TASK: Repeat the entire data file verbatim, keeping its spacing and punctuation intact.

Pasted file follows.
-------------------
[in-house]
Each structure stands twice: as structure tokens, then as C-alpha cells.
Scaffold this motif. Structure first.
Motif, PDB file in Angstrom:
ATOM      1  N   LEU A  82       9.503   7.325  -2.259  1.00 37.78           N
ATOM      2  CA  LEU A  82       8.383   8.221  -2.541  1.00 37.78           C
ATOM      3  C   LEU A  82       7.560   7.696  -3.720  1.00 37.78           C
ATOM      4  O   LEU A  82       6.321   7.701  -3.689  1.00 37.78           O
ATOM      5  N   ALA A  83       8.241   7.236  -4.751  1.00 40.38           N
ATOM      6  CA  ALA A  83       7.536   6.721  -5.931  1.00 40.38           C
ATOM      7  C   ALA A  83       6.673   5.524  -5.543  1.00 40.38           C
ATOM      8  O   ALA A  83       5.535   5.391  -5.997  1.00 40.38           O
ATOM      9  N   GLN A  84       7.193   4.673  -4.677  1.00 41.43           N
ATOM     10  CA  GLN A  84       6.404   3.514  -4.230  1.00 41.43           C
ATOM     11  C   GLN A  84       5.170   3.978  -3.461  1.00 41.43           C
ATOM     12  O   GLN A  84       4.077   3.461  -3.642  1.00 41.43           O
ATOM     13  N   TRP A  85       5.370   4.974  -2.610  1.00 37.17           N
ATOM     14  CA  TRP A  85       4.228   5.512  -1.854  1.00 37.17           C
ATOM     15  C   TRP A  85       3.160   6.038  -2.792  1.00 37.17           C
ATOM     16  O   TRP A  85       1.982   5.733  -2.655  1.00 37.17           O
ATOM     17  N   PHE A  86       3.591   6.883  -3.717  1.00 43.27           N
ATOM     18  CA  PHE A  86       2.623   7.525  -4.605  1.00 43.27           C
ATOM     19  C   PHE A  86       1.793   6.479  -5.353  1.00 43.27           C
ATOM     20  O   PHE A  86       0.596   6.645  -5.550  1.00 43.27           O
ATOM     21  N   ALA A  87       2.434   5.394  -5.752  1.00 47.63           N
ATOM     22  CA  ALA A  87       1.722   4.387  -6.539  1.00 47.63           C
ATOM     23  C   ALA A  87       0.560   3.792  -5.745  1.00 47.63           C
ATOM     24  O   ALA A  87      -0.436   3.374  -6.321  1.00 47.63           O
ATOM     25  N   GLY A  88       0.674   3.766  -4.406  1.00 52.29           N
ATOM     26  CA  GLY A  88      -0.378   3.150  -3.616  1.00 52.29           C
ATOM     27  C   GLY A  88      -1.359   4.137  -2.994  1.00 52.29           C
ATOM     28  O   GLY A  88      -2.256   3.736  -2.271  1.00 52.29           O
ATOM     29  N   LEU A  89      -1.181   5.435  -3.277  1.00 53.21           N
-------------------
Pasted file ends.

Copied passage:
[in-house]
Each structure stands twice: as structure tokens, then as C-alpha cells.
Scaffold this motif. Structure first.
Motif, PDB file in Angstrom:
ATOM      1  N   LEU A  82       9.503   7.325  -2.259  1.00 37.78           N
ATOM      2  CA  LEU A  82       8.383   8.221  -2.541  1.00 37.78           C
ATOM      3  C   LEU A  82       7.560   7.696  -3.720  1.00 37.78           C
ATOM      4  O   LEU A  82       6.321   7.701  -3.689  1.00 37.78           O
ATOM      5  N   ALA A  83       8.241   7.236  -4.751  1.00 40.38           N
ATOM      6  CA  ALA A  83       7.536   6.721  -5.931  1.00 40.38           C
ATOM      7  C   ALA A  83       6.673   5.524  -5.543  1.00 40.38           C
ATOM      8  O   ALA A  83       5.535   5.391  -5.997  1.00 40.38           O
ATOM      9  N   GLN A  84       7.193   4.673  -4.677  1.00 41.43           N
ATOM     10  CA  GLN A  84       6.404   3.514  -4.230  1.00 41.43           C
ATOM     11  C   GLN A  84       5.170   3.978  -3.461  1.00 41.43           C
ATOM     12  O   GLN A  84       4.077   3.461  -3.642  1.00 41.43           O
ATOM     13  N   TRP A  85       5.370   4.974  -2.610  1.00 37.17           N
ATOM     14  CA  TRP A  85       4.228   5.512  -1.854  1.00 37.17           C
ATOM     15  C   TRP A  85       3.160   6.038  -2.792  1.00 37.17           C
ATOM     16  O   TRP A  85       1.982   5.733  -2.655  1.00 37.17           O
ATOM     17  N   PHE A  86       3.591   6.883  -3.717  1.00 43.27           N
ATOM     18  CA  PHE A  86       2.623   7.525  -4.605  1.00 43.27           C
ATOM     19  C   PHE A  86       1.793   6.479  -5.353  1.00 43.27           C
ATOM     20  O   PHE A  86       0.596   6.645  -5.550  1.00 43.27           O
ATOM     21  N   ALA A  87       2.434   5.394  -5.752  1.00 47.63           N
ATOM     22  CA  ALA A  87       1.722   4.387  -6.539  1.00 47.63           C
ATOM     23  C   ALA A  87       0.560   3.792  -5.745  1.00 47.63           C
ATOM     24  O   ALA A  87      -0.436   3.374  -6.321  1.00 47.63           O
ATOM     25  N   GLY A  88       0.674   3.766  -4.406  1.00 52.29           N
ATOM     26  CA  GLY A  88      -0.378   3.150  -3.616  1.00 52.29           C
ATOM     27  C   GLY A  88      -1.359   4.137  -2.994  1.00 52.29           C
ATOM     28  O   GLY A  88      -2.256   3.736  -2.271  1.00 52.29           O
ATOM     29  N   LEU A  89      -1.181   5.435  -3.277  1.00 53.21           N